wary as Chen implies desire to quash legislature reform
By Crystal Hsu
May 27, 2004
The campaign to shake up the
Legislature through constitutional reform may prove little
more than a political stunt as President Chen Shui-bian (Èô„Êƒ¥ÊâÅ)
reportedly signaled a desire to halt the venture during a
recent meeting with Legislative Speaker Wang Jin-pyng (ÁéãÈáëÂ¼„).
Branding Chen a hypocrite, opposition lawmakers yesterday
urged proponents of legislative reform, notably former
Democratic Progressive Party chairman Lin I-hsiung (ÊûóÁæ©ÈõÑ),
to pressure Chen to fulfill one of his key campaign pledges.
The DPP legislative caucus, seeking to defend the
president, insisted that Chen never reneged on the issue and
attributed the information gap to Wang's misreading of Chen's
The ruling party, however, proposed limiting the ongoing
constitutional reform to procedural amendments and saving
discussions on downsizing the Legislature for 2006 when Chen
intends to write the Constitution anew.
A lack of consensus promises to plunge the Legislature into
inactivity tomorrow when the body is due to take up proposals
to cut its seats from 225 to 113, alter rules on electing its
members and extend lawmakers' tenure from three to four years.
Lawmakers from the main opposition Kuomintang told a
morning news conference that the meeting Friday may not
accomplish anything as Chen recently advised Wang to
reconsider the wisdom of halving the Legislature.
The president allegedly told Wang he preferred a 150-seat
lawmaking body as the DPP originally envisioned. Prior to the
March 20 presidential election, however, the party agreed to a
more drastic cut, bowing to pressure from Lin and other
critics of the Legislature.
"Now that the election is over, the KMT and the People
First Party appear to be the only supporters of the campaign
to trim the Legislature" KMT lawmaker Huang Teh-fu (ÈªÉÂæ…Á¶è)
All caucuses except the Union of Independent Legislators
signed an agreement in March to halve legislative seats, alter
rules in electing lawmakers and reserve at least 30 percent of
the body for female representatives, beginning in early 2008.
"Where is Lin who staged sit-in demonstrations outside
the Legislature and the KMT headquarters to press for
legislative reform?" Huang added.
Independent lawmakers demanded more cross-party
consultations right before the Legislature planned to call
final readings of the proposed reform. The motion allows the
caucuses four months to iron out their differences before the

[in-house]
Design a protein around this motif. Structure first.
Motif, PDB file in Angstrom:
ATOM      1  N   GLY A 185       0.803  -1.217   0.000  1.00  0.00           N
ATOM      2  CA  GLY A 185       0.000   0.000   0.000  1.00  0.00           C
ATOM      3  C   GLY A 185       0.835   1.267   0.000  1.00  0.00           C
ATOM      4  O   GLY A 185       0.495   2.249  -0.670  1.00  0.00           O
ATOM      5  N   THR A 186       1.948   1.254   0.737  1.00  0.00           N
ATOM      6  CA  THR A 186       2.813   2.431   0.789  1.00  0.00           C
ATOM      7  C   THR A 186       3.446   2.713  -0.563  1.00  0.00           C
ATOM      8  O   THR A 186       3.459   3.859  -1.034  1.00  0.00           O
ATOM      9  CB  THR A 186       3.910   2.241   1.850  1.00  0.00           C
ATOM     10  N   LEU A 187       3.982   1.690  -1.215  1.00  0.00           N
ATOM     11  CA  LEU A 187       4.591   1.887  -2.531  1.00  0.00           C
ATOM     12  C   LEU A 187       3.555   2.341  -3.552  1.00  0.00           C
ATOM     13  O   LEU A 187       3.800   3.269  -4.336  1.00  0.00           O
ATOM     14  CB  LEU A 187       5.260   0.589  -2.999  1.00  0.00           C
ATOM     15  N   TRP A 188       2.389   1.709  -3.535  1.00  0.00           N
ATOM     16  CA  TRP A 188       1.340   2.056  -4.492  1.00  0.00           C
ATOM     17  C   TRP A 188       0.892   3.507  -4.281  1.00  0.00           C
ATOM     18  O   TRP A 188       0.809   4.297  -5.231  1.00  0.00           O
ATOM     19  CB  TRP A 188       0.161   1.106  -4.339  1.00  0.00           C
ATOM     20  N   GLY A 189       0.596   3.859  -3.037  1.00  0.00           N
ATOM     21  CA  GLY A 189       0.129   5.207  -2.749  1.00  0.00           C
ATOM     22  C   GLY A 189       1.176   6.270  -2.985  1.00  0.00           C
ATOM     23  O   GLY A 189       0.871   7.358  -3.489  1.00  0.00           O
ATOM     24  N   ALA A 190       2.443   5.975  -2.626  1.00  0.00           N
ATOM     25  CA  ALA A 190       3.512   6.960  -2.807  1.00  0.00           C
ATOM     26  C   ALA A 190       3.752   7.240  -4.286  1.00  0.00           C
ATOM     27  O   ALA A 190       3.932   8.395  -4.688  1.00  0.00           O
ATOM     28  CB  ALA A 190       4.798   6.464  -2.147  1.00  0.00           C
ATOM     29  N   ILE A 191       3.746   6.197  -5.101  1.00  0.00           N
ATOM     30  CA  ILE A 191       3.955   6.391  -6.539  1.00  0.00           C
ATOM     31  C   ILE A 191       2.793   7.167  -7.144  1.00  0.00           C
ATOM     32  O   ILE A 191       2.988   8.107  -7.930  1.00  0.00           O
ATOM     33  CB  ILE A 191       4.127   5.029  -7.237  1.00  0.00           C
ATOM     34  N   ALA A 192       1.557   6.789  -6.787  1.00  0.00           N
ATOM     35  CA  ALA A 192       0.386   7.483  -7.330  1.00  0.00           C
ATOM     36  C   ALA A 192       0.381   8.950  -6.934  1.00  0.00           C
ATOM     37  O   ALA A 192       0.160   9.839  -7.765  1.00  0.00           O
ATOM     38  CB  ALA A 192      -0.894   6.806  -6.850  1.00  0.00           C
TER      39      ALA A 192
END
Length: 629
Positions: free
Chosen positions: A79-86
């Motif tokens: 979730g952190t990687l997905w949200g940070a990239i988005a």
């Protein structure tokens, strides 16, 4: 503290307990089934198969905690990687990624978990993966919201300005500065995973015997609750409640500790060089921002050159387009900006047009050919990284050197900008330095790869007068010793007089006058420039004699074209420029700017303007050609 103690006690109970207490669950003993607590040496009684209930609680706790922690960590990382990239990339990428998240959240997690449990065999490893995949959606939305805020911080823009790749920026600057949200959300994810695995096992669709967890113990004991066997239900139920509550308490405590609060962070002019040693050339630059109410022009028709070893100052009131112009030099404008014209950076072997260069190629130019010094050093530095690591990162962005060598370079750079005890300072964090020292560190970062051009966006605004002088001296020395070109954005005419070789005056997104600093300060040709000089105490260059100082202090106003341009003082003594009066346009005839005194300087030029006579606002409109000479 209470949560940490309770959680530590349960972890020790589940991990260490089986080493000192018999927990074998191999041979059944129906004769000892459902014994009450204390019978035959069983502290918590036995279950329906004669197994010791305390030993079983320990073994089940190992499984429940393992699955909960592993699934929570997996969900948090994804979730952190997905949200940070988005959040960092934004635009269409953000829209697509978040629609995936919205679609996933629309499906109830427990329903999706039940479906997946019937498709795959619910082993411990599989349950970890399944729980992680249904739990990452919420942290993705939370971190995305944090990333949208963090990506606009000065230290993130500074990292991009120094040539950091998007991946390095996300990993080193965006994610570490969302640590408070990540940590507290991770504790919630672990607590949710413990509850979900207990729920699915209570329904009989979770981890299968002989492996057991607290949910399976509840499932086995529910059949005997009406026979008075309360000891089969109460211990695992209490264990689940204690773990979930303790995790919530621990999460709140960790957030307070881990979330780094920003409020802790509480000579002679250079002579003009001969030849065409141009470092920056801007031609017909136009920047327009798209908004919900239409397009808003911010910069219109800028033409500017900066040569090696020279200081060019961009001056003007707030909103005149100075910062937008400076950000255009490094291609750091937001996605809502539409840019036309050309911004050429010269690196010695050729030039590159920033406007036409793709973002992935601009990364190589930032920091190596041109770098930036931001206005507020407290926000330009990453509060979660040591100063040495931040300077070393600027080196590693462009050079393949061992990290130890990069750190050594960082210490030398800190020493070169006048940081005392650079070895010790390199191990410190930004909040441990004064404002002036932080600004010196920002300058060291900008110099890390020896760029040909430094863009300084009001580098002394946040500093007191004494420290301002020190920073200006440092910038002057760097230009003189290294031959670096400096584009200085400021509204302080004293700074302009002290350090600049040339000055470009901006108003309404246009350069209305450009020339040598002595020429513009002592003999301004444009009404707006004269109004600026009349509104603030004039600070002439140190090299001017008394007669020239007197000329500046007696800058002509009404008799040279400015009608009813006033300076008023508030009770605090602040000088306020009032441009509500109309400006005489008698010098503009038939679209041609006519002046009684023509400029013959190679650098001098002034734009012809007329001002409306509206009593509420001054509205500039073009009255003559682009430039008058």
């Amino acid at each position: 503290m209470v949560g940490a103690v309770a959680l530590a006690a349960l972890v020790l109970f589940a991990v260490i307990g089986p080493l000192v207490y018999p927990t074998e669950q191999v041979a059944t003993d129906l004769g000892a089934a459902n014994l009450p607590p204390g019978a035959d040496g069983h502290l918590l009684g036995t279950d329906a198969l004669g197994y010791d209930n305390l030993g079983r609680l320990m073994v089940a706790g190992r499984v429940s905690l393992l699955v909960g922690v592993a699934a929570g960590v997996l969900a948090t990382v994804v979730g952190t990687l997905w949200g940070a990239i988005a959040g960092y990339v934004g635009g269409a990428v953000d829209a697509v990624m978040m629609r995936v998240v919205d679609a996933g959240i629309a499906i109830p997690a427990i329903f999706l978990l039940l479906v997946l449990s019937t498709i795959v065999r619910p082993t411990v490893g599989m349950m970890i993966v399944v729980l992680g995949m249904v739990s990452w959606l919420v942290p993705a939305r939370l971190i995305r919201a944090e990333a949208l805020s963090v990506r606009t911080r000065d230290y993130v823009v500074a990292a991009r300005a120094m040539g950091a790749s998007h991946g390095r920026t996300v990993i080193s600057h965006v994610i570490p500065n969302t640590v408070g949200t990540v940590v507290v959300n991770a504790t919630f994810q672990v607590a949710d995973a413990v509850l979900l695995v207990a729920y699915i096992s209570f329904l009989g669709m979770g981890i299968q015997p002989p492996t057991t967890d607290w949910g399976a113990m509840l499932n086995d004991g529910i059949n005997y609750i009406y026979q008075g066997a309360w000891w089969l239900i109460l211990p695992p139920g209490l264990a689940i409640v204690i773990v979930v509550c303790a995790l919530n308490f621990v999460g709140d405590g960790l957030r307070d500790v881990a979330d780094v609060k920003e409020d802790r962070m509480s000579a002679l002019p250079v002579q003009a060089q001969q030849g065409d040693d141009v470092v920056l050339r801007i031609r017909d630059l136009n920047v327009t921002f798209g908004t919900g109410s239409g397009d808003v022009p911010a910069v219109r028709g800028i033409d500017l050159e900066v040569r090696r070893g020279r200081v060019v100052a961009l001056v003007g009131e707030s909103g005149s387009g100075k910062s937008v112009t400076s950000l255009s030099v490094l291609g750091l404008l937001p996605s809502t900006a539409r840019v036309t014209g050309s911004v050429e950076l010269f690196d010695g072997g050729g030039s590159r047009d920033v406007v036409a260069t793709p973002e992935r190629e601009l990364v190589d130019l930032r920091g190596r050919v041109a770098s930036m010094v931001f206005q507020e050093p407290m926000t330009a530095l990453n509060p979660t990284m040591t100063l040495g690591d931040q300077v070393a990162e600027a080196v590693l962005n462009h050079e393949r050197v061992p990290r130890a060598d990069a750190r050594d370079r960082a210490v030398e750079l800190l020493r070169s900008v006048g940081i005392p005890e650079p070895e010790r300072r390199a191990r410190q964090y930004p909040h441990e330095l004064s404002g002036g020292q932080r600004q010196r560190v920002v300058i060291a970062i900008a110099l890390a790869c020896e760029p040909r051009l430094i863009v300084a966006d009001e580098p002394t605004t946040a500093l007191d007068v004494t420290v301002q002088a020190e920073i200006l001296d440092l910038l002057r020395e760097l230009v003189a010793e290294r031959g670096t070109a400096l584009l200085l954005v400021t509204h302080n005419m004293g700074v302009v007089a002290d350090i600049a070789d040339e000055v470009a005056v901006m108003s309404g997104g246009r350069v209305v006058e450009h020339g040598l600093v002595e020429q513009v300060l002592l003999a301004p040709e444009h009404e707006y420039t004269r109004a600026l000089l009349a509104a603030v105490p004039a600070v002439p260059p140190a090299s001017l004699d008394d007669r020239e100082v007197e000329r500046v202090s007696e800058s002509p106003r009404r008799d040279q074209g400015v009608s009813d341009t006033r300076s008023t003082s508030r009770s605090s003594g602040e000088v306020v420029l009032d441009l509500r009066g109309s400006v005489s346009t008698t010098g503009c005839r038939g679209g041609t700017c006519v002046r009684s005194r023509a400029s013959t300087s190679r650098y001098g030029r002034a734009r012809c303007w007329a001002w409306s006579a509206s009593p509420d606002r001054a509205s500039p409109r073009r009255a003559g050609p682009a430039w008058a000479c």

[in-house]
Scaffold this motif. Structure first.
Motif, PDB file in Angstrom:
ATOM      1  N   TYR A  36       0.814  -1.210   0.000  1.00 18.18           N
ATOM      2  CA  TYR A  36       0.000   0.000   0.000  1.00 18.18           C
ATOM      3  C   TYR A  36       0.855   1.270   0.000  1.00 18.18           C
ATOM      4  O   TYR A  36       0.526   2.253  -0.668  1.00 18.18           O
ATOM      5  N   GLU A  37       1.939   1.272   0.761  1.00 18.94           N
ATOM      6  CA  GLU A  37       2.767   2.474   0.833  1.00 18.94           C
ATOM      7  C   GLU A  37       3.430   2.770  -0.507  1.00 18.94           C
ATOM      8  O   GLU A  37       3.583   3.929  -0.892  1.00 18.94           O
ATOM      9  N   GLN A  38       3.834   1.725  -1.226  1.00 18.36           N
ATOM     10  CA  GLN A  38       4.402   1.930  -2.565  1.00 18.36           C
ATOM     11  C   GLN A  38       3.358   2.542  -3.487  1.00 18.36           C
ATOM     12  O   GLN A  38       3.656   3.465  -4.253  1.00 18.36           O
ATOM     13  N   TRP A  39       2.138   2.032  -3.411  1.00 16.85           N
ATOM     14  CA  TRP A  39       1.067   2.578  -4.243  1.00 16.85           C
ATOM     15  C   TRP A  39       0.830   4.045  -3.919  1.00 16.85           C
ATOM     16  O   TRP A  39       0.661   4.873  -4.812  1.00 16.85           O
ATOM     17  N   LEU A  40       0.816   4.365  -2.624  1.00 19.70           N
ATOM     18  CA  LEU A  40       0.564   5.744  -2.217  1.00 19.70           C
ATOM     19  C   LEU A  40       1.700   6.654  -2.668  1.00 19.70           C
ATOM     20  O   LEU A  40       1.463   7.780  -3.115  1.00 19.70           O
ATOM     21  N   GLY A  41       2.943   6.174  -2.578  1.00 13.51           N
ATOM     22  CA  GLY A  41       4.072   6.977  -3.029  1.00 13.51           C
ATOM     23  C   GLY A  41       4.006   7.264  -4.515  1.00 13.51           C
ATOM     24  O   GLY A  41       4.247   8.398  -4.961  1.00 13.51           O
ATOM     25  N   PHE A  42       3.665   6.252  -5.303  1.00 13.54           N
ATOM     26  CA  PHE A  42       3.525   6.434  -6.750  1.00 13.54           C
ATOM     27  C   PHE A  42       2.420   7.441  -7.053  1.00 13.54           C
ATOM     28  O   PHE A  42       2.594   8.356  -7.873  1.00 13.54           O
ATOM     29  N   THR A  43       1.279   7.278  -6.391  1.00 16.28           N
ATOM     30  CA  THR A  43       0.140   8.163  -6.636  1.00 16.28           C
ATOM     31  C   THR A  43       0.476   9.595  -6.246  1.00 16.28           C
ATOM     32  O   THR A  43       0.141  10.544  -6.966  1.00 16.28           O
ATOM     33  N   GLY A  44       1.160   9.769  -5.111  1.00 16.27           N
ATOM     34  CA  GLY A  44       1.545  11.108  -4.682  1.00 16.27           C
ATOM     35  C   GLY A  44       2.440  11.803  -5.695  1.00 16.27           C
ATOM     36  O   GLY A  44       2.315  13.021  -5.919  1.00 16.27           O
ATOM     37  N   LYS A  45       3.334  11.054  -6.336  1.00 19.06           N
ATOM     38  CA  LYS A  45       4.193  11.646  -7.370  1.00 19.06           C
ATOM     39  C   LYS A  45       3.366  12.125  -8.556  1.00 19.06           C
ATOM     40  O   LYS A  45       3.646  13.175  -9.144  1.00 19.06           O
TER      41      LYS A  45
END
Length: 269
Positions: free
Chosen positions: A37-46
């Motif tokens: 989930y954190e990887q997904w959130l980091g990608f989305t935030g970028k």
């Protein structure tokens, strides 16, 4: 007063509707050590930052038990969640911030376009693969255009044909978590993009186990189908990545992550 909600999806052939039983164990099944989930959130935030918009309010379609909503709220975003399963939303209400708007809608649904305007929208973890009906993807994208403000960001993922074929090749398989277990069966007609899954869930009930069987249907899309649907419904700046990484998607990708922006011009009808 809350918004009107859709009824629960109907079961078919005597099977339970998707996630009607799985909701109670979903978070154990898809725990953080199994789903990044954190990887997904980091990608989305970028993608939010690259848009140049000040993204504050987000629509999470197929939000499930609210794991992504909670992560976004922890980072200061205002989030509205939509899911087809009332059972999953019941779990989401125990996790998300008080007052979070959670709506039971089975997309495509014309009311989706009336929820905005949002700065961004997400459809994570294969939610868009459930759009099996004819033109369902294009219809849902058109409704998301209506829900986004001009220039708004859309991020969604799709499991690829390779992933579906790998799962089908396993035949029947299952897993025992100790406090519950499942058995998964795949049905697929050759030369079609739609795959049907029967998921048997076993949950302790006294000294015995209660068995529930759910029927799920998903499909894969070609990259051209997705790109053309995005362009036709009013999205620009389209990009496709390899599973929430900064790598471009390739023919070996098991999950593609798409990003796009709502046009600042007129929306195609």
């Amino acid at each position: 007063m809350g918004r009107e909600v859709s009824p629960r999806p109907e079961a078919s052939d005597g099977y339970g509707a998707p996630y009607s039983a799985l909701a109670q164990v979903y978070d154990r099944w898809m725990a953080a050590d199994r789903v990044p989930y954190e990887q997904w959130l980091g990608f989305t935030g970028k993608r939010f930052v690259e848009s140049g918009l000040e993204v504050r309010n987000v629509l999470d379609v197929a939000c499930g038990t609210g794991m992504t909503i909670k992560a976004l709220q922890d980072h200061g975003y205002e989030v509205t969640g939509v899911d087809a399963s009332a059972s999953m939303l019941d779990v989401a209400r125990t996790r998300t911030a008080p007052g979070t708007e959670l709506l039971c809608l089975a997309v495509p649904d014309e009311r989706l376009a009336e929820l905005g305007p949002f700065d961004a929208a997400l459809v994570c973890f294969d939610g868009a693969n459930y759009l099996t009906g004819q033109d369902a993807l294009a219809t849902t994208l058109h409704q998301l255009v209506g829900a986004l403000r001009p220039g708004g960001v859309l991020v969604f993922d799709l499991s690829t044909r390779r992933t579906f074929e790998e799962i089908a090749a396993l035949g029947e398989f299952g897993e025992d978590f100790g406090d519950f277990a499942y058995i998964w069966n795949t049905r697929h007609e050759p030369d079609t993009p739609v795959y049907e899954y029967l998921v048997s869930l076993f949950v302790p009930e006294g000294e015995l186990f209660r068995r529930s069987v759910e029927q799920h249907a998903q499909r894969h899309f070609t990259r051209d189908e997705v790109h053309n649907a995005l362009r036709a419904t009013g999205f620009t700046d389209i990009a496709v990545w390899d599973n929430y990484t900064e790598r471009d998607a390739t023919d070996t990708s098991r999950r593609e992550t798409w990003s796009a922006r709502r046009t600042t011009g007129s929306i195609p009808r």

Legislature acts on the measure.
Independent lawmakers have voiced reservation about the
single-seat district rules, saying the design would foster
pork-barrel politics. The Taiwan Solidarity Union has echoed
the concern, as the planned reform would make it more
difficult for independents and small parties to win
KMT Legislator Cho Po-yuan said Chen risked jeopardizing
his credibility if he failed to help downsize the Legislature,
a cause that has drawn support from the opposition alliance.
Cashing in on their numerical edge, KMT and PFP lawmakers
placed the issue on the legislative agenda for tomorrow,
apparently with a view to embarrassing the Chen
Liao Wan-ju (ÂªñÂ©âÊ±ù), another KMT lawmaker, challenged
Lin to come forward and comment on Chen's inconsistency which
she said constituted blatant cheating of votes.
"Over the years, Chen has vowed to reform this and
reform that," Liao said. "Now there is an
opportunity for him to realize an important plank of the DPP
platform. He must not step back and disappoint his
The DPP, however, insisted that Chen remains committed to
legislative reform but said he favors a more judicious
approach to the matter.
DPP policy official Liang Wen-chieh said that his party
considered it adequate to scrap the National Assembly and
shift the power to ratify constitutional revisions to the
people this time around.
The proposals to downsize the Legislature and other reforms
can wait until 2006 when the government is slated to redraw
the nation's political system, as Chen promised in his
inaugural speech, Liang added.
Any other reforms may prove to be futile, he said, citing
as an example the situation where lawmakers win their seats
through proportional representation.
"There may not be any need for such lawmakers if the
public concludes that a presidential political system suits
the country better," Liang said.
DPP legislative whip Tsai Huang-liang (Ëî°ÁÖåÁëØ) echoed
the theme and blamed the speaker for misinterpreting Chen's
Tsai said his colleagues would vote for measures to make
the Legislature more efficient as long as Wang is able to
remove resistance by any caucuses.
DPP legislative leader Lee Chun-yee (Êùé”øäÊØÖ) dismissed
the opposition's activism as bogus. In the absence of
consensus, the Legislature may not act on bills for which the
four-month negotiation period has yet to expire, he noted.